The green line is the same as the orange line, but displaced down by 6.6 W/m2, which is the amount by which we calculated the total power escaping from the Earth will decrease if we double CO2 concentration (to roughly 660 ppm). Thus the green line tells us the total escaping power at the same temperature if we were to double the CO2 concentration. Point b on the green line is 288 K, and the total escaping power is 283.4 W/m2.

The purple line shows how the total escaping power will increase from b if we assume the cloud cover is constant and use only Stefan's Law to determine the heat radiated into space by the surface and atmosphere. The red line shows the solar power penetrating to the surface if we assume the cloud cover is constant. With constant cloud cover, the penetrating solar power does not change.

The purple and red lines meet at c, which is 289.6 K, or 1.6°C above the previous equilibrium point. Thus our simulation shows us that the warming due to CO2 doubling, if we ignore changes in cloud cover, will be 1.6°C, which is consistent with our previous calculation.

The green line, however, is the simulation's calculation of the total escaping power for increasing surface temperature. We see that the heat radiated into space does not increase as quickly as Stefan's Law would lead us to expect. And the reason for that is precisely the reason quoted by the AGW hypothesis: increasing cloud cover is slowing down the radiation of heat into space. The green line and the red line intersect at d, which is 290.7 K, or 2.7°C above our original equilibrium temperature. This is the new equilibrium temperature of the planet surface if we double CO2 concentration and we assume that there will be no change in the solar power penetrating to the surface while the cloud cover increases.

But the solar power penetrating to the surface must decrease as cloud cover increases. Clouds reflect sunlight. Thick clouds reflect 90% of solar power back into space. Even thin, high clouds reflect 10%. Increasing cloud cover will decrease the solar power penetrating to the surface. That is why our blue line slopes downwards. This is negative feedback, which acts against the positive feedback described by the AGW theory. The blue line shows how the solar power penetrating to the surface decreases as our cloud cover increases.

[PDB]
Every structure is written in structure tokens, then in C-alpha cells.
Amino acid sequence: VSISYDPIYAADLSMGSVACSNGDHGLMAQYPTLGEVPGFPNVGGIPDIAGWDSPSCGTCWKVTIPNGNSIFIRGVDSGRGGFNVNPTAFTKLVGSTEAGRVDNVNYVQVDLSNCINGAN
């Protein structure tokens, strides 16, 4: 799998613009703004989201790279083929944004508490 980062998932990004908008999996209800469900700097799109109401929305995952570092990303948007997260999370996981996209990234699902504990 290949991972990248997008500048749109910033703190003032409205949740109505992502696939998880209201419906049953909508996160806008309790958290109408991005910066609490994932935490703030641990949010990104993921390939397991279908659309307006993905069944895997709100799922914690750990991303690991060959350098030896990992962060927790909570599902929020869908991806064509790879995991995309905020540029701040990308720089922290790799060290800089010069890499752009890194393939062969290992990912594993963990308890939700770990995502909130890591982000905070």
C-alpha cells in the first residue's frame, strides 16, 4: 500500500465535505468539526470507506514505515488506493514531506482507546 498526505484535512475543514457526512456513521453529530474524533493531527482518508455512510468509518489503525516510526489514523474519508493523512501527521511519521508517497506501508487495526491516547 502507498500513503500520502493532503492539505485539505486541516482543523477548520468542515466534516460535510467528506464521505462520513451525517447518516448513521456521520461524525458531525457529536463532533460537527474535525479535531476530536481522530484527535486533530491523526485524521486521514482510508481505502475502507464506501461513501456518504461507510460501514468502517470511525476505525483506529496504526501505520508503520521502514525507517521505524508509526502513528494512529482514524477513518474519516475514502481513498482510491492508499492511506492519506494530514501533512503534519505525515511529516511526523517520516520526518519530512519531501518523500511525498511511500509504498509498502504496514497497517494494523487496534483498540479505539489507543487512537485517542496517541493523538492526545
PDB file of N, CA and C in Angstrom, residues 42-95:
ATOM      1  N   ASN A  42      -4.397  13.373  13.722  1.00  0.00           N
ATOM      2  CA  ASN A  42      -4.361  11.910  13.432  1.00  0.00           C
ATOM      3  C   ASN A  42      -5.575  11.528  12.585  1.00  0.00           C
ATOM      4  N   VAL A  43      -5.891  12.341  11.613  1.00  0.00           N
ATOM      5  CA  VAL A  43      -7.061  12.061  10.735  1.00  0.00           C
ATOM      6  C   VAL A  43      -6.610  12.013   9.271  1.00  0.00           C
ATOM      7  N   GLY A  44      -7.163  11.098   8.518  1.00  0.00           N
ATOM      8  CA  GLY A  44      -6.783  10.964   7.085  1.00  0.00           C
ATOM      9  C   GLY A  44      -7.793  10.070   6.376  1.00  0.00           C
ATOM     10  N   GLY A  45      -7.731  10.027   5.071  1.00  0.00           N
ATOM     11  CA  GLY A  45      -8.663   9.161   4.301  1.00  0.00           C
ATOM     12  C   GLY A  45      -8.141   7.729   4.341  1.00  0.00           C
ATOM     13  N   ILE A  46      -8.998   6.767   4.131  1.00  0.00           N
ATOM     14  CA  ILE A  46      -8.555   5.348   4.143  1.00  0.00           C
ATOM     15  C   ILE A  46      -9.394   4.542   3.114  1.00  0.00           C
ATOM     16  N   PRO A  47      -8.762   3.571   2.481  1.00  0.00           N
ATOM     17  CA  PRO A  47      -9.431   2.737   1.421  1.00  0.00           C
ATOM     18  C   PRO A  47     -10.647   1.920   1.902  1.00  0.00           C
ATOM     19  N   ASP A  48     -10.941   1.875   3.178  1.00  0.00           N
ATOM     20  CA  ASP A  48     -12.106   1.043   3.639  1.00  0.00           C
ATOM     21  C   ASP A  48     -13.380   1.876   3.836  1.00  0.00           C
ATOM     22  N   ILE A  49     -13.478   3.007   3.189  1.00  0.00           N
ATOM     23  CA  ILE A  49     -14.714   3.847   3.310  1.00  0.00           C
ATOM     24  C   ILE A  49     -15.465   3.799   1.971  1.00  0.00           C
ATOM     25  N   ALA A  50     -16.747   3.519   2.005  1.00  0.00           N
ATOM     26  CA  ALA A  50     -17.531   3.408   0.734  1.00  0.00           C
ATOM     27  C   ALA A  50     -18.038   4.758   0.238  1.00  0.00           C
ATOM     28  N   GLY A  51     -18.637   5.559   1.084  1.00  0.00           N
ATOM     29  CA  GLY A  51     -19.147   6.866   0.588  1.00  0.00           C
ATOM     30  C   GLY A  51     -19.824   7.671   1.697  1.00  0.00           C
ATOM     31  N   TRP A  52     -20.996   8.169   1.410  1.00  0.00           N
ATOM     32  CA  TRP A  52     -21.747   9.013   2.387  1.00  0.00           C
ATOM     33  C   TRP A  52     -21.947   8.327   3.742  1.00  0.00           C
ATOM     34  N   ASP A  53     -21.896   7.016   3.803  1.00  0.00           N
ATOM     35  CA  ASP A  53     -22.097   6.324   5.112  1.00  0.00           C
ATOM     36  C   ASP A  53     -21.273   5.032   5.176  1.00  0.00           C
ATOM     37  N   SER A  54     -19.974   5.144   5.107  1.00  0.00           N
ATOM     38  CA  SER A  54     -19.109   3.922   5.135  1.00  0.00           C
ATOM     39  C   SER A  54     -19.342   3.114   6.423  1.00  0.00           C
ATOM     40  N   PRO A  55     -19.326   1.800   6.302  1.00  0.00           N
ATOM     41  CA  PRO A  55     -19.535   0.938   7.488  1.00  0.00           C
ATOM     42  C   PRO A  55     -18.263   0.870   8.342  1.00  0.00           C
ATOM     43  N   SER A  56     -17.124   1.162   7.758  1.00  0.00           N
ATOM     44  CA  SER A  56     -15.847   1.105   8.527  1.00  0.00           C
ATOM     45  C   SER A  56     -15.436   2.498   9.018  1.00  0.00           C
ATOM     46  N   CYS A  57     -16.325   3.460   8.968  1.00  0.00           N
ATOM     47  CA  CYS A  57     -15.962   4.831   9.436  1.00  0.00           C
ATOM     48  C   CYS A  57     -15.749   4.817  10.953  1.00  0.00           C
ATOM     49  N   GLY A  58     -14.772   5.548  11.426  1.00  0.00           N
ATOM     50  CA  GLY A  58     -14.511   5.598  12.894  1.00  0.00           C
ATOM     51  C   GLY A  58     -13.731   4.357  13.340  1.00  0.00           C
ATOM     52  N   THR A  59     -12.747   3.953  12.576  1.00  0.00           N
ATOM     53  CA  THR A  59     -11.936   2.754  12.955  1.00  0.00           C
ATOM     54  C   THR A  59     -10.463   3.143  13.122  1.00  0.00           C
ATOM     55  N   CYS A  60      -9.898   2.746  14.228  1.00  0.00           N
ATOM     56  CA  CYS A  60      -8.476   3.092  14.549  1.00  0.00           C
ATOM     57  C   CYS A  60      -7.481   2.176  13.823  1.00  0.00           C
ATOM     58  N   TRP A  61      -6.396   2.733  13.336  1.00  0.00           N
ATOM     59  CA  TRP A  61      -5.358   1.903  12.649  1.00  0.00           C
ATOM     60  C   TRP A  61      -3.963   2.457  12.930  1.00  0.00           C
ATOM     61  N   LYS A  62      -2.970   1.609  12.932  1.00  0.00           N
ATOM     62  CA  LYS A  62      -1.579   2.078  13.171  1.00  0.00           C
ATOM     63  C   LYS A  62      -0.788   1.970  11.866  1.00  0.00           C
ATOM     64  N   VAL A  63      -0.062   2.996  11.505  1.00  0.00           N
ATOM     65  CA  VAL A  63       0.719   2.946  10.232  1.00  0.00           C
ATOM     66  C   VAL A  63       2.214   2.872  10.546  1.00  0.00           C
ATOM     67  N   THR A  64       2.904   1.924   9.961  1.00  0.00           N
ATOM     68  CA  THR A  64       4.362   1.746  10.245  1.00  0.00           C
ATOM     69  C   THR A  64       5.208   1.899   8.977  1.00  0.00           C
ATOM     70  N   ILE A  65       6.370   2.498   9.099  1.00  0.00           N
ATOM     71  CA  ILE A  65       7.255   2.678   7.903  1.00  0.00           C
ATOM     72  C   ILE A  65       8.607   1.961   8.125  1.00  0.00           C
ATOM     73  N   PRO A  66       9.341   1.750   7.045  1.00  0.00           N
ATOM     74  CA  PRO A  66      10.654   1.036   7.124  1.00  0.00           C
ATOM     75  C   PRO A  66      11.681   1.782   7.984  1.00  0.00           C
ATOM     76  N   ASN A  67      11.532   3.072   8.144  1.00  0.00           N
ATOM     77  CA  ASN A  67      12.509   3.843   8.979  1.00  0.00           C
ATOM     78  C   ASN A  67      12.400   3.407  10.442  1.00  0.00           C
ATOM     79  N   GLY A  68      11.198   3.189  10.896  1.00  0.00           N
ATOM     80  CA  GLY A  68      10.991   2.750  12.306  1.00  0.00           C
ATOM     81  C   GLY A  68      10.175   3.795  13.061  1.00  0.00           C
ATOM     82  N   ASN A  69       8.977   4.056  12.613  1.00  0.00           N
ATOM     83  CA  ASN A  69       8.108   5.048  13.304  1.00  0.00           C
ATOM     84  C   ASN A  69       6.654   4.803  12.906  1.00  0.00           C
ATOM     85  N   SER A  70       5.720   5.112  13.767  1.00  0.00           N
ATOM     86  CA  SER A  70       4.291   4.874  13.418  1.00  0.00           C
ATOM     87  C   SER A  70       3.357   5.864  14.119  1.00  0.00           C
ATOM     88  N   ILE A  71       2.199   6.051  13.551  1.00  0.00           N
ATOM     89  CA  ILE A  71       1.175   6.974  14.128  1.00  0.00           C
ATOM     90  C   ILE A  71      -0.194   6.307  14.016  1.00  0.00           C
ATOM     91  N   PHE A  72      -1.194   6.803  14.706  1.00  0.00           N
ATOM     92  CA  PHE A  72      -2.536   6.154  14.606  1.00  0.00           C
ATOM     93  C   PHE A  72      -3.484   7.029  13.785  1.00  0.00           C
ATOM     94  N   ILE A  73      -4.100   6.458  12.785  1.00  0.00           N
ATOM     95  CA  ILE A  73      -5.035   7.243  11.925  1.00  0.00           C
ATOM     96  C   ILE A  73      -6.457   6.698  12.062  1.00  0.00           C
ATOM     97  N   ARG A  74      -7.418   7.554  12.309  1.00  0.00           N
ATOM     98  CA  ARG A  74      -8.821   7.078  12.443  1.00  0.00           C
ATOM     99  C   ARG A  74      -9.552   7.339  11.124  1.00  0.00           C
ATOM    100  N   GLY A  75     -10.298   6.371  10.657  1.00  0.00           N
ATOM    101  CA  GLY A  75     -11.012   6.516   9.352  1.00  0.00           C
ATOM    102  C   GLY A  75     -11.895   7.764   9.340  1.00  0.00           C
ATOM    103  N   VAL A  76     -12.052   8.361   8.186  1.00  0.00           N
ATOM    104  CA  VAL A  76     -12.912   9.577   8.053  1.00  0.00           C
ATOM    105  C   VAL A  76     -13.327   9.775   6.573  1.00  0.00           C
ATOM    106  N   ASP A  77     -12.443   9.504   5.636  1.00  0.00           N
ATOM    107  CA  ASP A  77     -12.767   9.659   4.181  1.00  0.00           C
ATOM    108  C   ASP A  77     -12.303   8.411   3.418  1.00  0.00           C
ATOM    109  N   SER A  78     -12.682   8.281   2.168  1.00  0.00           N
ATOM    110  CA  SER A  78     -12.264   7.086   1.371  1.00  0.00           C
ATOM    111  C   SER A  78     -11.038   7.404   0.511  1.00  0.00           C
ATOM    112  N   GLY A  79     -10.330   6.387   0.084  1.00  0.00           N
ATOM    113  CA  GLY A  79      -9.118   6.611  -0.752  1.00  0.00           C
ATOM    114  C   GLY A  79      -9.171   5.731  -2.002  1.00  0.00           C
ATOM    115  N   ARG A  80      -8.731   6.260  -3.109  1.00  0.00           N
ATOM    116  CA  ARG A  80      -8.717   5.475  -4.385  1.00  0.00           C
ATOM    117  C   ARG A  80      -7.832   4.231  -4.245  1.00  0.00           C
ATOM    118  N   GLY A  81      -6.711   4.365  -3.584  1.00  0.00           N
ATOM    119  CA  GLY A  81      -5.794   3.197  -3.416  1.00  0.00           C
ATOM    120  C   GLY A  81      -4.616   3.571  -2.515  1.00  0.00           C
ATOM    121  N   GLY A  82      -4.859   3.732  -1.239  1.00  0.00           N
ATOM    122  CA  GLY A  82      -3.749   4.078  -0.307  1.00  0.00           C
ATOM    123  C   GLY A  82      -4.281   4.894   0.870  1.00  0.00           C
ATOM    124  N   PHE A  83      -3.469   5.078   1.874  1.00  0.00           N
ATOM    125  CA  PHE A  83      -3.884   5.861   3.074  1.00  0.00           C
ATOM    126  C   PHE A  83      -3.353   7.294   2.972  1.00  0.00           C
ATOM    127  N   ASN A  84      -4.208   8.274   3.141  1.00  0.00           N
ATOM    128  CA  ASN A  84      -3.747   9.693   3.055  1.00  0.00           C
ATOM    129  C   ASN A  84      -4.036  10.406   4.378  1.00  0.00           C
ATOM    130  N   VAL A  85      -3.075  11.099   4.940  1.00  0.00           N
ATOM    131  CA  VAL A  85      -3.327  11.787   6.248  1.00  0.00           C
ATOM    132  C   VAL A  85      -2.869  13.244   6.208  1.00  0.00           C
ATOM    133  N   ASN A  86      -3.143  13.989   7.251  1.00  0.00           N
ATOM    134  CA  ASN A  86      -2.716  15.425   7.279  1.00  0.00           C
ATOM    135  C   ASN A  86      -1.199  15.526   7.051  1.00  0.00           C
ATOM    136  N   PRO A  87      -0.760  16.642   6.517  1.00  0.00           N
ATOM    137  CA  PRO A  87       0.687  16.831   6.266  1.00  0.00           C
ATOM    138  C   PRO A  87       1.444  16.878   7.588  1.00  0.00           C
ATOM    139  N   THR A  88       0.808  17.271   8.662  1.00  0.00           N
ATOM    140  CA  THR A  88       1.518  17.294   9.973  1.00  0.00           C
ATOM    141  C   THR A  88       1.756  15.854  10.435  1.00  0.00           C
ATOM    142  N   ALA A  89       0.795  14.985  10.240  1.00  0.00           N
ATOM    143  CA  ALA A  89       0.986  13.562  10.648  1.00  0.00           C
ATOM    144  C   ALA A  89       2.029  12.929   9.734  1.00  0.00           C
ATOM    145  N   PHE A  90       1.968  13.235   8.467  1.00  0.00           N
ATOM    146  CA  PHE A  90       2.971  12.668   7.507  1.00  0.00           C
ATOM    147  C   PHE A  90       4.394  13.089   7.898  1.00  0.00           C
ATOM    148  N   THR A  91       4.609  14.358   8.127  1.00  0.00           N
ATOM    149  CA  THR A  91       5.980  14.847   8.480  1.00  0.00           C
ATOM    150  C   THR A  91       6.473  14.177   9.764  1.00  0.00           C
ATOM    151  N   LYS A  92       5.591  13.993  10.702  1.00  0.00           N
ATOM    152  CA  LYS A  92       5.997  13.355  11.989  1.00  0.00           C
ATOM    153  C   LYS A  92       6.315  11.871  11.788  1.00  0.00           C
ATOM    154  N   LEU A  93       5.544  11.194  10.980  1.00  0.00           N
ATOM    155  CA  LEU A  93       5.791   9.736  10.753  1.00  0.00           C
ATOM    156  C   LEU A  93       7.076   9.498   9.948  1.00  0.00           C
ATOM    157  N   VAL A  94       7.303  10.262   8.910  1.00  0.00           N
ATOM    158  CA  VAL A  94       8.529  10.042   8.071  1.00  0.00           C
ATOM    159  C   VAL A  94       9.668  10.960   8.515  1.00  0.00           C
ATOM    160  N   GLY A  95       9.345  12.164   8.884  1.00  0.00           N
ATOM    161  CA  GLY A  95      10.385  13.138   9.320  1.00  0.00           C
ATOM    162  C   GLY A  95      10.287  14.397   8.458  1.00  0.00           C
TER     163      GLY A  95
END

The blue line and the green line intersect at e, which is the equilibrium point we arrive at after doubling the CO2 concentration and considering both the positive feedback of back-radiation and the negative feedback of solar reflection. The temperature at e is 288.9 K, which is 0.9°C above our original equilibrium temperature.

Thus our simulation shows how the negative feedback generated by clouds dominates their positive feedback, and suggests that the actual warming of the Earth's surface due to a doubling of CO2 will be closer to 0.9°C than the 3°C predicted by the AGW hypothesis.


  1. Thank you. It's great to see the conclusion of your work on this. I've followed it from the beginning and learned a great deal. Do you plan on continuing this line of work?